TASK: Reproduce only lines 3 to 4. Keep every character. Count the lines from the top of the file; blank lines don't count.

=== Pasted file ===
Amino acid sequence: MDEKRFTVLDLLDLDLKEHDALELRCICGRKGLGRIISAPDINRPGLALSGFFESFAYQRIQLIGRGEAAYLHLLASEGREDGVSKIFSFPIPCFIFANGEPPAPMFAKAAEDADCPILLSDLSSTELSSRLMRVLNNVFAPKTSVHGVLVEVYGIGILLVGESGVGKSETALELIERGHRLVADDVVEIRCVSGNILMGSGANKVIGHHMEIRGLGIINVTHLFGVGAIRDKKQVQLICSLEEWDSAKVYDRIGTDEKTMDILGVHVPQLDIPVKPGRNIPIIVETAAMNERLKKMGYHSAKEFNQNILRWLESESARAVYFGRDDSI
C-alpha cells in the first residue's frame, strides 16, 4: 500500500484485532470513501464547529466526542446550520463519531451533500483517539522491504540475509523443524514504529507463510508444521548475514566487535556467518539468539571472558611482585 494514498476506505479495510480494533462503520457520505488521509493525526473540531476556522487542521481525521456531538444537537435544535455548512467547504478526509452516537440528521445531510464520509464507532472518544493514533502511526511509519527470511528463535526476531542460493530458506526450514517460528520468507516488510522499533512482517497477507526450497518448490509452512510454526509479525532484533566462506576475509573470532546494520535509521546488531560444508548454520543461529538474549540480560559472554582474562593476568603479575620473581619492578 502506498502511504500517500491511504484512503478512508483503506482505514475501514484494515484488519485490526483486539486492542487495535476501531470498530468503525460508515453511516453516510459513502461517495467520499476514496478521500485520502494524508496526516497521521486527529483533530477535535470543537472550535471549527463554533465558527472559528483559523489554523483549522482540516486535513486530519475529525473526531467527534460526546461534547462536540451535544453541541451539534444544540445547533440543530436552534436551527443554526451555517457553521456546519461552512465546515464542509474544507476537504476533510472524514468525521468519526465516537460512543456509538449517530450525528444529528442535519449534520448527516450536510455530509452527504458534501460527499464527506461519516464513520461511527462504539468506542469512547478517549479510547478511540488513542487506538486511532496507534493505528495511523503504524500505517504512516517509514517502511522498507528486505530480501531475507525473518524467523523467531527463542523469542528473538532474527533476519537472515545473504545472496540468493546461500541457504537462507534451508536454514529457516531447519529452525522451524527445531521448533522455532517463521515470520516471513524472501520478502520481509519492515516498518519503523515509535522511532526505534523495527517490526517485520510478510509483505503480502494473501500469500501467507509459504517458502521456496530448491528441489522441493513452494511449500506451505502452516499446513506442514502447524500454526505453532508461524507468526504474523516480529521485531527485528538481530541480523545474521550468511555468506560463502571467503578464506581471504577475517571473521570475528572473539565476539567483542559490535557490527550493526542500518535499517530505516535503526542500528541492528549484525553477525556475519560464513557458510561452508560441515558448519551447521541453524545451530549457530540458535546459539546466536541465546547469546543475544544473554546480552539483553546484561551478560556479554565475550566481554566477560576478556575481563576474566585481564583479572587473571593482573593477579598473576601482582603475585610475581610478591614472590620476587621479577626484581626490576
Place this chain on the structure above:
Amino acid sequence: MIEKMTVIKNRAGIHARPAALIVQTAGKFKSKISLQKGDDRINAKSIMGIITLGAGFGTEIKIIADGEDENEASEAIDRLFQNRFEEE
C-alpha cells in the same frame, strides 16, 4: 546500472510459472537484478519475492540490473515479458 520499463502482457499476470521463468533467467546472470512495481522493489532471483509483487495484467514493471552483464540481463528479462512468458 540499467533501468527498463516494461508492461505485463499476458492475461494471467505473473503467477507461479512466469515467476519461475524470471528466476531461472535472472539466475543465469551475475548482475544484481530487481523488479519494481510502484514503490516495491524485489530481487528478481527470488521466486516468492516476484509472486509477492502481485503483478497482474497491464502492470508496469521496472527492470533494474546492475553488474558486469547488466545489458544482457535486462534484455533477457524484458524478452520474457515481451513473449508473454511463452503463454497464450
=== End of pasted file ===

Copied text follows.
Place this chain on the structure above:
Amino acid sequence: MIEKMTVIKNRAGIHARPAALIVQTAGKFKSKISLQKGDDRINAKSIMGIITLGAGFGTEIKIIADGEDENEASEAIDRLFQNRFEEE